A polar bear is permanently out of sorts.
George is forlorn; nothing gladdens his heart. He dislikes his house, and he can do without his current habitat—the city: unsuitable, too crowded. What’s a bear to do when he wants to return home? George doesn’t remember where that is, but he sets off anyway. He tries one place after another—the jungle, a mountain, the desert, and the sea. Each in turn has drawbacks, though George concedes the sea’s OK given that he “like[s] being in the water.” Still, George doesn’t belong there either. After days of travel, he eventually reaches “a strange white land” that’s “cold and covered with ice.” George is home! This sweet story is predictable, but its reassuring ending will gratify nevertheless. Many youngsters will recognize from illustrations of ice floes, snow, frozen landscapes, and climatically appropriate wildlife (including another polar bear) that George’s hunt has ended happily. The charming artwork is limited in palette to mostly blues and whites, with George’s fur delineated by vertical white strokes. The various habitats he visits are depicted minimally, with just enough simple details in each to suggest the new locales; plenty of blank spaces per page/spread will help children focus on George and his activities. Kids likely won’t notice, but adults will wistfully acknowledge the too-small floes appearing in one spread.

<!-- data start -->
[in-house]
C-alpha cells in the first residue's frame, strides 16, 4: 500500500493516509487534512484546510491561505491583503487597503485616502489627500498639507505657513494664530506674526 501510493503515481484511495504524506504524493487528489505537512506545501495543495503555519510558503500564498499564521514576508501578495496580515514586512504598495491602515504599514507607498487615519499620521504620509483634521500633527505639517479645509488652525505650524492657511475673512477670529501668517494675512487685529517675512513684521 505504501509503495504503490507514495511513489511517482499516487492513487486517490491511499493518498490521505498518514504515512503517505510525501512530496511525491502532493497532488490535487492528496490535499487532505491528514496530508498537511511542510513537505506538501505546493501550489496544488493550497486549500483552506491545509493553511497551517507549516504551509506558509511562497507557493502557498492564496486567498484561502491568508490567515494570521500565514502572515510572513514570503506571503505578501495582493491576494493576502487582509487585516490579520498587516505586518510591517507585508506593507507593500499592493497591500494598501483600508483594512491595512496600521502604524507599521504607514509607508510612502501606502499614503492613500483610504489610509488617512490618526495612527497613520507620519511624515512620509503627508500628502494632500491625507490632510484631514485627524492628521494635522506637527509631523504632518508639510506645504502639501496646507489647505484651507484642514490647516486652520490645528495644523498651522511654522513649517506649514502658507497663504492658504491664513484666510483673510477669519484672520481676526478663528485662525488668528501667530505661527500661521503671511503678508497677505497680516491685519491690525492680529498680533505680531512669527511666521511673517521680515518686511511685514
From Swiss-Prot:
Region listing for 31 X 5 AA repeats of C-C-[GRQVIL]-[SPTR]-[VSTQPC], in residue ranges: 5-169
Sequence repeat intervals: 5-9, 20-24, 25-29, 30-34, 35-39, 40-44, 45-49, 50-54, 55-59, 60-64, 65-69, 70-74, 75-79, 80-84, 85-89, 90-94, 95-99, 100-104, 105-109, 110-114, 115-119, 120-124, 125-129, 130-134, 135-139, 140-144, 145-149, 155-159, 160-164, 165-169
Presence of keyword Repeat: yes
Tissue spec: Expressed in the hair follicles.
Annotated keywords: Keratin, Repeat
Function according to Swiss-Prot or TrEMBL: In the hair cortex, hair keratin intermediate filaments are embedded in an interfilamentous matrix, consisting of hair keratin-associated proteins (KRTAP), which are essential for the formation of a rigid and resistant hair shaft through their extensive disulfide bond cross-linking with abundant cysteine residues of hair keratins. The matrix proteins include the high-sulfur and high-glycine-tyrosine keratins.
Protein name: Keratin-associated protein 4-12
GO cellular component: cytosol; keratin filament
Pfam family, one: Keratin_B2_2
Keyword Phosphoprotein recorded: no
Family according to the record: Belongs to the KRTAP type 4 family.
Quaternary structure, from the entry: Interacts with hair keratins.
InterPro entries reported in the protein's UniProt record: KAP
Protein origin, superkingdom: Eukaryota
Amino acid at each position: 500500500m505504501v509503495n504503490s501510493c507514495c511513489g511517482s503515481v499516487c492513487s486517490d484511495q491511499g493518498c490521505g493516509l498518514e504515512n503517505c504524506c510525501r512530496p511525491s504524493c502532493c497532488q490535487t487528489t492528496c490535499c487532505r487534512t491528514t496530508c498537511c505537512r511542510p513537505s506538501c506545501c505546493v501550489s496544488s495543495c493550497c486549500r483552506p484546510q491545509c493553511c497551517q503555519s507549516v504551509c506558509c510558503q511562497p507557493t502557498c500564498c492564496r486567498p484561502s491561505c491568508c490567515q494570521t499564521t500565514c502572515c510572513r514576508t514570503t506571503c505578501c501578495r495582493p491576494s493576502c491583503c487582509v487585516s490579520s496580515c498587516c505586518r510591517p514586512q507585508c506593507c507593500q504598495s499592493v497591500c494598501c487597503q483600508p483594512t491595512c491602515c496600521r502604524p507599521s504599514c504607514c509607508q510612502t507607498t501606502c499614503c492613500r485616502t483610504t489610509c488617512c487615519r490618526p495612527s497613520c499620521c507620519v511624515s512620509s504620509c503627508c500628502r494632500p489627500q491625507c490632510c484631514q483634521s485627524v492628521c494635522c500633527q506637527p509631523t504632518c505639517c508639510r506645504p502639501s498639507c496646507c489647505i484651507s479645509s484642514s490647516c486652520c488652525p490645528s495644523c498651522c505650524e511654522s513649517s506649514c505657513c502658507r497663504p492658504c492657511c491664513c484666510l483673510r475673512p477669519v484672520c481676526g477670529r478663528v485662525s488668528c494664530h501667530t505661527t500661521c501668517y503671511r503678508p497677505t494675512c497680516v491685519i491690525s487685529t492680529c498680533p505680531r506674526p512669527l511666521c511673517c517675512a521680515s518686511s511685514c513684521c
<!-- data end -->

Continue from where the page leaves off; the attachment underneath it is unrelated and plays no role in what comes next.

A lap will be a snuggly read-aloud home for this one. (Picture book. 3-6)